To their credit, executive producers Tom Fontana and Barry Levinson didn't simply add a bunch of bedroom scenes to heat up "Homicide." In Russert, they created a character who brings a sexual tension to the show. Because of her position in the squad room and the kind of character she is, her sexual relationship is as much about gender, power and identity as it is raw sex.

Ultimately, that should be even sexier -- if it actually plays out that way. If it doesn't, "Homicide" could be history. It's scheduled against Emmy-rich "Picket Fences" and ratings-rich "20/20," which means there's not much room for error.

Hofmann nods over the rim of her coffee cup in seeming agreement with the assessment of Russert's importance to "Homicide." But she's not saying anything that might jar the many supercharged egos she works with, and for, on the sound stages at Recreation Pier.


"I can't wait to see what the audience's reaction is going to be to Russert," Hofmann says. "I think at the very least they'll tune in because she's a provocative character."

Hofmann is even more diplomatic when asked about her first big scene in tonight's episode, in which she addresses the squad in the wake of a gruesome, politically explosive murder. In order to convincingly take control of the testosterone-charged squadroom, actress Hofmann has to somehow overpower the huge talents of Yaphet Kotto, Andre Braugher, Ned Beatty and the rest of what might be the most talented troupe of actors working in weekly television.

"I'm really glad to hear you thought that scene worked," Hofmann says, now looking into her coffee cup. "But Lieutenant Russert was able to take command in a convincing way in part only because the actors you named helped create that space for her to move into."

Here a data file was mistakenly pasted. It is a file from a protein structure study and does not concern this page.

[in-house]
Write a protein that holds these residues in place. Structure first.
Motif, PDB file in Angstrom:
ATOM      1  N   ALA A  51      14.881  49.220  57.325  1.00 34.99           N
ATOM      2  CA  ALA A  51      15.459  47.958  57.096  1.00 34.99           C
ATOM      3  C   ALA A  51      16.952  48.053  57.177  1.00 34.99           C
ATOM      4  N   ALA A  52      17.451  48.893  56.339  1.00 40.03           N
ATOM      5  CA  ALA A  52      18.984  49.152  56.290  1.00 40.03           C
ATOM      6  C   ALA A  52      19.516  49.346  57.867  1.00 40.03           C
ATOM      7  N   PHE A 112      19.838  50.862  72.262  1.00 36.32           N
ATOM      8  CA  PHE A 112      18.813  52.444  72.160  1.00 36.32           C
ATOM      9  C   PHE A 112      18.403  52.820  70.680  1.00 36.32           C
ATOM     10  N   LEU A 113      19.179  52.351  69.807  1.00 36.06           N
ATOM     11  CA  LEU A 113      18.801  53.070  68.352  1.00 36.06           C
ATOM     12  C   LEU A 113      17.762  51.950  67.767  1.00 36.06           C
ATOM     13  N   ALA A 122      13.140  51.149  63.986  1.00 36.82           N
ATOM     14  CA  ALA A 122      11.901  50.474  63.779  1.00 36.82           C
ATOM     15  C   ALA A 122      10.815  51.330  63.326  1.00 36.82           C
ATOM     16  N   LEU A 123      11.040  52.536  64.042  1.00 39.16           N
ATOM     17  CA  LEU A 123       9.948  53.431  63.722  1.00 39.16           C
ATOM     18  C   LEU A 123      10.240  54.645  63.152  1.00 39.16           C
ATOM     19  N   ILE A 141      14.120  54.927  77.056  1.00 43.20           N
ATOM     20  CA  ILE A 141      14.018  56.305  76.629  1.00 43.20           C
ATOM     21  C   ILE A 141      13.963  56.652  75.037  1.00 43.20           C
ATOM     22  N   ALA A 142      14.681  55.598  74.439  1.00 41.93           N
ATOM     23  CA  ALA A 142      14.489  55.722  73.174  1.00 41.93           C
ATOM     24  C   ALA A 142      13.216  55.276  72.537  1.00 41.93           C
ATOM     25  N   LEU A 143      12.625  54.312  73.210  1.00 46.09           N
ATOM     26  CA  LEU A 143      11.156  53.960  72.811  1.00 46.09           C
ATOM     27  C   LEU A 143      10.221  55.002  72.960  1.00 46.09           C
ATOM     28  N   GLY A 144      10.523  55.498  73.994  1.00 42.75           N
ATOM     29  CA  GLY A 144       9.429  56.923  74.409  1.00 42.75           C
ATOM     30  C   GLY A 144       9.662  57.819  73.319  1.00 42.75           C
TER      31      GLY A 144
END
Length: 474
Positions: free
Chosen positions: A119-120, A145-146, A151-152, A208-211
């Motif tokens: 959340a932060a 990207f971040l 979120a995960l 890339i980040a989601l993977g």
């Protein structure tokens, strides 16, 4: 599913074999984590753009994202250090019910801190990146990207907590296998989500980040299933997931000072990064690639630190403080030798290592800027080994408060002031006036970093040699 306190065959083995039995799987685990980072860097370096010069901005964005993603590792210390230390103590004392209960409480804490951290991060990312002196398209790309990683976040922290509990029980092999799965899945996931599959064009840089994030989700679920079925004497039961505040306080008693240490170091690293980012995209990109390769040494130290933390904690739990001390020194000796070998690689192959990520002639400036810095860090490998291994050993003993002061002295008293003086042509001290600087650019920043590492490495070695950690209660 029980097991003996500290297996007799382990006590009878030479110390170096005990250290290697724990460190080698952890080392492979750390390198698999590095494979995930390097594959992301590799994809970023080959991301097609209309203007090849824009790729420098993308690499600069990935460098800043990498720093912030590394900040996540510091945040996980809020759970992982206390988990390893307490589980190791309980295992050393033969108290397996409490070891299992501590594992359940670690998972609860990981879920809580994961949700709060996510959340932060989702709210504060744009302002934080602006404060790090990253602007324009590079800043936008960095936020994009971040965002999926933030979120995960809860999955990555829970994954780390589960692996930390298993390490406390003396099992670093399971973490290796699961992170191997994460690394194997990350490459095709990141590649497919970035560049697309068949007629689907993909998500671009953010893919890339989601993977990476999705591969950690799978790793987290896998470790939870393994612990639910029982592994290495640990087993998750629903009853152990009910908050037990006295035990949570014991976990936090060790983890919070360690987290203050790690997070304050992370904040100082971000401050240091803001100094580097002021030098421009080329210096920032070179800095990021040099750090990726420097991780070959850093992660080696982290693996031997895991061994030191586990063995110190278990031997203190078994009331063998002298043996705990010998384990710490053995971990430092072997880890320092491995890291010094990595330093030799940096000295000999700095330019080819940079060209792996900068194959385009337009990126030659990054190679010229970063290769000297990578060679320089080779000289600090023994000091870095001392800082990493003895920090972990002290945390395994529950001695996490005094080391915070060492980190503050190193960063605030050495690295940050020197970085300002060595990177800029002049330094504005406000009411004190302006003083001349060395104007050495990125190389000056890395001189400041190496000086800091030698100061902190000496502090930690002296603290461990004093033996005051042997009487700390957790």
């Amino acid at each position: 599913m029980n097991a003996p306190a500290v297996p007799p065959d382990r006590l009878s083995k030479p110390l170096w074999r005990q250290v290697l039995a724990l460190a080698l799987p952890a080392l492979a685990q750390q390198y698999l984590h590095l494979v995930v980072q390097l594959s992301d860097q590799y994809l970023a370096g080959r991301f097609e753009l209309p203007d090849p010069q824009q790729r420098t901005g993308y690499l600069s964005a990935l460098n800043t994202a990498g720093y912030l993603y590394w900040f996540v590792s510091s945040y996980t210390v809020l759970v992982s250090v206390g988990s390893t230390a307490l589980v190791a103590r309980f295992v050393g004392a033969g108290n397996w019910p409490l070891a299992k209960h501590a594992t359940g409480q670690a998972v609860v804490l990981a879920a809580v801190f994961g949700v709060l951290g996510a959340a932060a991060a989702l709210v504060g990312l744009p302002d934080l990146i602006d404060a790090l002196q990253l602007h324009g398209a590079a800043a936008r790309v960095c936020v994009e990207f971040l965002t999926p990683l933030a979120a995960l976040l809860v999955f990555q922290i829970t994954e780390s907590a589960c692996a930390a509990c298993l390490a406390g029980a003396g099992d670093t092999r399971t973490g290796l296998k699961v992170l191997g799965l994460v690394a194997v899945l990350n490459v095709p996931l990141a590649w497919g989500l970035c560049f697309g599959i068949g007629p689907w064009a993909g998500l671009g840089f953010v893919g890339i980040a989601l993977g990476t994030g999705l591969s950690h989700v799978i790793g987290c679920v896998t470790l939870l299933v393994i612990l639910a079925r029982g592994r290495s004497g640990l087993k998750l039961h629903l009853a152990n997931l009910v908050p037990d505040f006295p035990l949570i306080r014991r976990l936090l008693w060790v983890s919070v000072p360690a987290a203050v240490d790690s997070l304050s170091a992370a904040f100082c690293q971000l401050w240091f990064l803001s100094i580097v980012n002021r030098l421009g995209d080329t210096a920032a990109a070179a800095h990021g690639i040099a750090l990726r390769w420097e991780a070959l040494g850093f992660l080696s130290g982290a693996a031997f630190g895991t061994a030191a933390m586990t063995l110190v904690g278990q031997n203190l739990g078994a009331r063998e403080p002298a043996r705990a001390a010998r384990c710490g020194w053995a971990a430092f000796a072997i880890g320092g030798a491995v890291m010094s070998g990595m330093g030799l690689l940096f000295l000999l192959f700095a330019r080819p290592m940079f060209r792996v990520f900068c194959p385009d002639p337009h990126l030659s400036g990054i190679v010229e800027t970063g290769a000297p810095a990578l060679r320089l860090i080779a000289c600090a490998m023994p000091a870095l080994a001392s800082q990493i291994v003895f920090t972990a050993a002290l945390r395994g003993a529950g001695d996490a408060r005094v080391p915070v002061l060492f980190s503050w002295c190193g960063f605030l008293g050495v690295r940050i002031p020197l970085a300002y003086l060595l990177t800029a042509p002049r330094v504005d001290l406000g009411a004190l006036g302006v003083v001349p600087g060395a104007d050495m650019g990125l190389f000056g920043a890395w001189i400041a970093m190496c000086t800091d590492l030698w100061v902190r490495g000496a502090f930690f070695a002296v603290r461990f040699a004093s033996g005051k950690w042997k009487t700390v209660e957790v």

Maybe Hofmann is just "happy to be here," as she says.

She first read for the part on a Wednesday in July. That was with an assistant casting director. Two days later, she was reading for Levinson. Two days after that, she was on a plane for Baltimore. She hasn't been back home to Los Angeles since that Sunday in July.

She says she misses home and her two German shepherds, but playing Russert is a once-in-a-lifetime shot. She wouldn't want to be anywhere else right now but in Fells Point making "Homicide."


"This is the kind of role that just has so much that's connected to where I am now . . . where women are, I think. I mean, even the subtleties. This is a woman who wears dresses. This is a woman who doesn't necessarily wear suits. She wears things that are kind of feminine.

"And this is a statement in and of itself. This says, 'Accept me for who I am. I am a woman, and I happen to be your boss. And I'm not going to hide from either fact,' " Hofmann says. "There's a statement about equality, too. As far as the women's movement goes, we may have set ourselves back by trying to be little men in the workplace. Maybe we had to go through that. But, now it's starting to change a little bit, I think.

"To get a role that deals with those sorts of things is wonderful. It's exactly the kind of role I want to be doing at this time in my life. It's the perfect job for me right now."